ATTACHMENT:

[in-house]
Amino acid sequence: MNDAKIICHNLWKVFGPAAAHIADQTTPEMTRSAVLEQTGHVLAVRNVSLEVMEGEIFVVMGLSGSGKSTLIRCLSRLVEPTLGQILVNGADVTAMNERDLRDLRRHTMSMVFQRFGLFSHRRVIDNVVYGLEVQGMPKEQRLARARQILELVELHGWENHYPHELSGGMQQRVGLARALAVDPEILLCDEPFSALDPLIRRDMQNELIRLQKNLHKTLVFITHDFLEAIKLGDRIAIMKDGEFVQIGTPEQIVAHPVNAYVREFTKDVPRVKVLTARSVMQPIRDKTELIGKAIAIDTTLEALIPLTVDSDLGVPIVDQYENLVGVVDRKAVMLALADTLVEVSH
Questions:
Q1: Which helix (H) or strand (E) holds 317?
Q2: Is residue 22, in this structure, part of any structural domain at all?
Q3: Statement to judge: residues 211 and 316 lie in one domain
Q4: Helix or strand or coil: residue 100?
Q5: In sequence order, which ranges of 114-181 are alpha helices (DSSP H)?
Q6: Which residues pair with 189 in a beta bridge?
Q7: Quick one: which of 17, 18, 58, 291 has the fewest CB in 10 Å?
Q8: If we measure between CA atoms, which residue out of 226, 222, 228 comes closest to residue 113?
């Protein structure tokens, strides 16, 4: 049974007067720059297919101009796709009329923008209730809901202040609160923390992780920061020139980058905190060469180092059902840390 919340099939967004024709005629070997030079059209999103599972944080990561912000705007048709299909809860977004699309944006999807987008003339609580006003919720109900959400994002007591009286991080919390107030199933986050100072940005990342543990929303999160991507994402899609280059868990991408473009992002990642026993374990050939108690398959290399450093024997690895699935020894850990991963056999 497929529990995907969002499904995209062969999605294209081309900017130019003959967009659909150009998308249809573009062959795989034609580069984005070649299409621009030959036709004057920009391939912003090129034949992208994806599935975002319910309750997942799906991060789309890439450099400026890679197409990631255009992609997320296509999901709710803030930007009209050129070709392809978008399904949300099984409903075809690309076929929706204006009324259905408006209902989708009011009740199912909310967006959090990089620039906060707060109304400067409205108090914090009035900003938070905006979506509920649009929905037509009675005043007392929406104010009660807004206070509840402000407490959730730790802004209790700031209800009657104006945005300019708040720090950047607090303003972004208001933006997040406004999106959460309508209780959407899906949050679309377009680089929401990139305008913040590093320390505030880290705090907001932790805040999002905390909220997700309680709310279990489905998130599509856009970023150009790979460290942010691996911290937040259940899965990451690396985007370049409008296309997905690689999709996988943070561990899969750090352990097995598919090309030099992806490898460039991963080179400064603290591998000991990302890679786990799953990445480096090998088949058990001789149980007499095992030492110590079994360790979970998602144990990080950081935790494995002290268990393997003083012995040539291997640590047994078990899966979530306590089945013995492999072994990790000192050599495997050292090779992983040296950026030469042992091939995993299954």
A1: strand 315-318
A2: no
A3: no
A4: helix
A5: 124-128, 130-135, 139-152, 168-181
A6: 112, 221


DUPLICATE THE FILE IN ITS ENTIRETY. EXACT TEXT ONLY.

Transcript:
[in-house]
Amino acid sequence: MNDAKIICHNLWKVFGPAAAHIADQTTPEMTRSAVLEQTGHVLAVRNVSLEVMEGEIFVVMGLSGSGKSTLIRCLSRLVEPTLGQILVNGADVTAMNERDLRDLRRHTMSMVFQRFGLFSHRRVIDNVVYGLEVQGMPKEQRLARARQILELVELHGWENHYPHELSGGMQQRVGLARALAVDPEILLCDEPFSALDPLIRRDMQNELIRLQKNLHKTLVFITHDFLEAIKLGDRIAIMKDGEFVQIGTPEQIVAHPVNAYVREFTKDVPRVKVLTARSVMQPIRDKTELIGKAIAIDTTLEALIPLTVDSDLGVPIVDQYENLVGVVDRKAVMLALADTLVEVSH
Questions:
Q1: Which helix (H) or strand (E) holds 317?
Q2: Is residue 22, in this structure, part of any structural domain at all?
Q3: Statement to judge: residues 211 and 316 lie in one domain
Q4: Helix or strand or coil: residue 100?
Q5: In sequence order, which ranges of 114-181 are alpha helices (DSSP H)?
Q6: Which residues pair with 189 in a beta bridge?
Q7: Quick one: which of 17, 18, 58, 291 has the fewest CB in 10 Å?
Q8: If we measure between CA atoms, which residue out of 226, 222, 228 comes closest to residue 113?
């Protein structure tokens, strides 16, 4: 049974007067720059297919101009796709009329923008209730809901202040609160923390992780920061020139980058905190060469180092059902840390 919340099939967004024709005629070997030079059209999103599972944080990561912000705007048709299909809860977004699309944006999807987008003339609580006003919720109900959400994002007591009286991080919390107030199933986050100072940005990342543990929303999160991507994402899609280059868990991408473009992002990642026993374990050939108690398959290399450093024997690895699935020894850990991963056999 497929529990995907969002499904995209062969999605294209081309900017130019003959967009659909150009998308249809573009062959795989034609580069984005070649299409621009030959036709004057920009391939912003090129034949992208994806599935975002319910309750997942799906991060789309890439450099400026890679197409990631255009992609997320296509999901709710803030930007009209050129070709392809978008399904949300099984409903075809690309076929929706204006009324259905408006209902989708009011009740199912909310967006959090990089620039906060707060109304400067409205108090914090009035900003938070905006979506509920649009929905037509009675005043007392929406104010009660807004206070509840402000407490959730730790802004209790700031209800009657104006945005300019708040720090950047607090303003972004208001933006997040406004999106959460309508209780959407899906949050679309377009680089929401990139305008913040590093320390505030880290705090907001932790805040999002905390909220997700309680709310279990489905998130599509856009970023150009790979460290942010691996911290937040259940899965990451690396985007370049409008296309997905690689999709996988943070561990899969750090352990097995598919090309030099992806490898460039991963080179400064603290591998000991990302890679786990799953990445480096090998088949058990001789149980007499095992030492110590079994360790979970998602144990990080950081935790494995002290268990393997003083012995040539291997640590047994078990899966979530306590089945013995492999072994990790000192050599495997050292090779992983040296950026030469042992091939995993299954």
A1: strand 315-318
A2: no
A3: no
A4: helix
A5: 124-128, 130-135, 139-152, 168-181
A6: 112, 221